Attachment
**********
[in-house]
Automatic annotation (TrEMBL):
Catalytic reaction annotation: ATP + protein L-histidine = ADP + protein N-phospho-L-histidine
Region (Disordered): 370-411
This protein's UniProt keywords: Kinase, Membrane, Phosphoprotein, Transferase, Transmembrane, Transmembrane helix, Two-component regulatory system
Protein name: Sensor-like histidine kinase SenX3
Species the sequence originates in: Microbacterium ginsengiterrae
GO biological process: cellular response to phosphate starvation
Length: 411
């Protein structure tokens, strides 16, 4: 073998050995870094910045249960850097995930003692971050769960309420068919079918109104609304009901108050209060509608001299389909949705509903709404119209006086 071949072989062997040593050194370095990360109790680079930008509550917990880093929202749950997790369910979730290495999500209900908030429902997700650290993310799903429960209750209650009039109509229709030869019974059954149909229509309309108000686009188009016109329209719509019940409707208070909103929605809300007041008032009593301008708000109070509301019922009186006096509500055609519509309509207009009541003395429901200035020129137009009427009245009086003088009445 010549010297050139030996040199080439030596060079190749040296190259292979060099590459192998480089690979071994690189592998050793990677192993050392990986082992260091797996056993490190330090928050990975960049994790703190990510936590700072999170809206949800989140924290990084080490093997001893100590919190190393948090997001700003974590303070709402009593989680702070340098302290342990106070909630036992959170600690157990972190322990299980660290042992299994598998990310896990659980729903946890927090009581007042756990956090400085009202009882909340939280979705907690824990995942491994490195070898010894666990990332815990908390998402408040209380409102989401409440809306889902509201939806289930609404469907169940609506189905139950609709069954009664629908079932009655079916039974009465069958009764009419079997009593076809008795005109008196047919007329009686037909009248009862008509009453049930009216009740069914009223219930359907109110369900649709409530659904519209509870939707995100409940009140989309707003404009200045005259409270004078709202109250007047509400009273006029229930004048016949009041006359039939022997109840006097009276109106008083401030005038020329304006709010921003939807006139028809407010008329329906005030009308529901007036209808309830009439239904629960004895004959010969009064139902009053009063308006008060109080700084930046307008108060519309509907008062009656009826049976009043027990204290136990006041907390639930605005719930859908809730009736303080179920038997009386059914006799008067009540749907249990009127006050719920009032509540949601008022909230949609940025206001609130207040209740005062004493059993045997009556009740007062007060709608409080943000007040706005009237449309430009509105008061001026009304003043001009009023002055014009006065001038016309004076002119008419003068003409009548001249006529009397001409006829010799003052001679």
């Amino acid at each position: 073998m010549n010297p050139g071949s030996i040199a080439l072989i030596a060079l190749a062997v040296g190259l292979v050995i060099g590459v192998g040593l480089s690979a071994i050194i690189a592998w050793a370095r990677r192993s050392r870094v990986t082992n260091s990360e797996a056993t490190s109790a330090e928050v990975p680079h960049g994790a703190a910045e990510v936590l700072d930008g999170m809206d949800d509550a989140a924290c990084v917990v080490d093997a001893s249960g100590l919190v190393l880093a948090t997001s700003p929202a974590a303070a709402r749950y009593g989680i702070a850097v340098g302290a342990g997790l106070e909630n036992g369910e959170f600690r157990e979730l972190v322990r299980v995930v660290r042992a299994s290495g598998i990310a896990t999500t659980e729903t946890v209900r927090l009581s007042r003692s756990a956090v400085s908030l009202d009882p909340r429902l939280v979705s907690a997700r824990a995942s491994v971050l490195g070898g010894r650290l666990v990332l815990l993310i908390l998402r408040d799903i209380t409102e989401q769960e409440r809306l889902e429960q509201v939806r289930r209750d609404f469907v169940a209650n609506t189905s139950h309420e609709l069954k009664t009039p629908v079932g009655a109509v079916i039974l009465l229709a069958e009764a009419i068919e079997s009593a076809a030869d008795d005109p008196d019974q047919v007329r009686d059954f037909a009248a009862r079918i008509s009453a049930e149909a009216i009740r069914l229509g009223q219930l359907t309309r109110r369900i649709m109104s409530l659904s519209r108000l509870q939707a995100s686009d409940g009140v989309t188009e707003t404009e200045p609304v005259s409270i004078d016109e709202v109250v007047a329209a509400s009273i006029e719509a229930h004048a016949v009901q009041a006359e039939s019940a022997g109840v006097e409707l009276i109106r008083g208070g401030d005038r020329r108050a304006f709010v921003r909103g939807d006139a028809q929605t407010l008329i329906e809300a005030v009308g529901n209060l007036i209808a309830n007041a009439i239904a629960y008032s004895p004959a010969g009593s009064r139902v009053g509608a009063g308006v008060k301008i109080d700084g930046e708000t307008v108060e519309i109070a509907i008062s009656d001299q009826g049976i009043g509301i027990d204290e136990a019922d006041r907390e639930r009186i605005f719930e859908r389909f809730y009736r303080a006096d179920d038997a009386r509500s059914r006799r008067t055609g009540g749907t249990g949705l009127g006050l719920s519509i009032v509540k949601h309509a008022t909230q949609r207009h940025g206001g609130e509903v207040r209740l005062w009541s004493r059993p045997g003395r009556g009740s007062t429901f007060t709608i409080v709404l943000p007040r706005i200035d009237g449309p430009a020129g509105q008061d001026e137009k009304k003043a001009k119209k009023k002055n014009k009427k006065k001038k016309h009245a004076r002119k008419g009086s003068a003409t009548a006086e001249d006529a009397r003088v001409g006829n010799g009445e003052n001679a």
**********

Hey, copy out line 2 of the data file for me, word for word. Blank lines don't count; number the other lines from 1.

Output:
Automatic annotation (TrEMBL):